Passing Scottsburg, we started looking for a place to pull off the interstate and get a view of the updraft base of the leading cell in a line of training tornadic supercells. Henryville sat squarely in the tornado warning polygon and I exited there hoping to find a place with a view. Clark State Forest sat immediately to our west. Huge tree filled hills blocked any view we had of the western horizon. I turned east into town, hoping to find open fields on the other side of Henryville. The sirens wailed ominously. At the main intersection in town there was traffic lined up in all directions at a four way stop. One direction had a line of a dozen school buses, each one loaded with kids. I was mortified at the spectacle of a supercell with a history of producing tornadoes bearing down on the buses. I realized that we'd have to commit to intercepting east of town if we made it through the intersection. There was no guarantee we'd find a reasonable place to spot the storm from once through the town, and there would be no getting through that intersection again before the storm hit. The situation was all kinds of wrong. I pulled a U-turn and started heading back toward the interstate. We didn't know it at the time, but Henryville was just minutes from complete devastation, and it was spooky to have to stopped there and seen the traffic in town going about their business and school letting out with the sirens wailing while a violent tornado was bearing down.
We headed south on 65 and got off at the next exit, Memphis. With great luck, there was a truck stop perched on top of a hill with a clear view to the west. The leading supercell in the line quickly approaching with bolts arcing across the sky and crackling thunder.
Another car was parked facing the storm and I walked up to say hi and was greeted by chasers Simon Brewer and Jim Bishop.
The updraft came into a view. A dark lowering extended from the center of it. Was it a wall cloud? Tornado? We couldn't immediately tell.
I setup up my camcorder on a tripod and zoomed in on the feature. The motion was rapid and it contacted the ground. A large tornado was on the ground and it was rapidly approaching. Sirens were blaring at this location too, yet the traffic at the gas station seemed almost complacent. Lots of cars were at the pumps filling up and trucks were idling in the back lot.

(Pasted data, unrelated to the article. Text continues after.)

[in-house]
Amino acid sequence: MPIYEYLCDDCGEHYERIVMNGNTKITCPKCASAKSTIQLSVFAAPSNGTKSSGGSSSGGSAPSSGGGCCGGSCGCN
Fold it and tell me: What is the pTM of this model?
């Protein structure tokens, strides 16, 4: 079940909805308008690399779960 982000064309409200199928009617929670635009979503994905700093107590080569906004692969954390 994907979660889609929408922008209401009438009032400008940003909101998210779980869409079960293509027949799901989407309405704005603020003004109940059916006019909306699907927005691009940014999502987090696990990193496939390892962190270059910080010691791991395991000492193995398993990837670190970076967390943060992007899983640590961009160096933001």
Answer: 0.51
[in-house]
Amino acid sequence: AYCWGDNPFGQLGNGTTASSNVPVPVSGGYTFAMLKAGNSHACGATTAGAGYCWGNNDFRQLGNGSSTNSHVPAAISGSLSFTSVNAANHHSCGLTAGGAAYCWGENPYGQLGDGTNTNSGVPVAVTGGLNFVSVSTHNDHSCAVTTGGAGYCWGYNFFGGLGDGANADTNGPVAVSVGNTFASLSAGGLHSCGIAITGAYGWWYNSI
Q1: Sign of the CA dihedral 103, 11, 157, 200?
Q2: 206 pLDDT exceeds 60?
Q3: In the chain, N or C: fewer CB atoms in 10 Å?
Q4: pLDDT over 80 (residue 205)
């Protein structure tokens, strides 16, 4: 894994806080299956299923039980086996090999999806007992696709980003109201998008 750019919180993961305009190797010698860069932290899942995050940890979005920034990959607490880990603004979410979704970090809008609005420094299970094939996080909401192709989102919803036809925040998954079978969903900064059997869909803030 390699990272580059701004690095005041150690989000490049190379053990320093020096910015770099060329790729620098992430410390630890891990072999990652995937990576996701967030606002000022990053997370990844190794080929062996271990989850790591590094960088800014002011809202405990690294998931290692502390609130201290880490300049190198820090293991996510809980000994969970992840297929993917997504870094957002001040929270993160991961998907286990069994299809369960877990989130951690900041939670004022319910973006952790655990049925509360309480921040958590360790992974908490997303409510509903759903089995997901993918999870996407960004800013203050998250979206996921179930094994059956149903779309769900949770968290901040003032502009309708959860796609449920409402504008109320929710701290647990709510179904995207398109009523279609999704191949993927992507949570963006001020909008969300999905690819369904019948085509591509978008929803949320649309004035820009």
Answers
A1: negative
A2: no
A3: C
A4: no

A black and white still showing the storm structure and large tornado:

A truck driver strolled up to us to see what was up. He seemed oblivious to the tornado. I stressed he needed to get on the highway and head south immediately to get out of the path. He stayed awhile and then reluctantly strolled off.

Brilliant power flashes illuminated the base of the funnel as it rolled over some transformers:
The funnel approached with dramatic motion. The white hue and twisting swirls reminded me of a giant soft serve ice cream cone.
As the tornado got closer we could see multiple vortex structure. Suctions vortices were spinning wildly under the funnel before jutting off horizontally and wrapping around the main funnel.
Sub vortices being sheared off the main circulation:
We carefully watched the tornado to gauge its movement and make sure we were clear of it. Using the telephone poles for reference we could see the funnel had a clear left to right movement, meaning it would pass to our north.
A wild sub vortex of the tornado twists horizontal with a whip like tail. The funnel looked like a fist with a finger prodding the ground as it dragged along the hilly southern Indiana countryside.
Jenn shoots the approaching tornado:
The tornado hit a structure with black specks of debris visible in the video. The multiple vortices, structure, and debris all pointed toward a violent tornado capable of inflicting massive devastation.
The tornado's condensation funnel darkening in color with changing light and taking on a more turbulent appearance: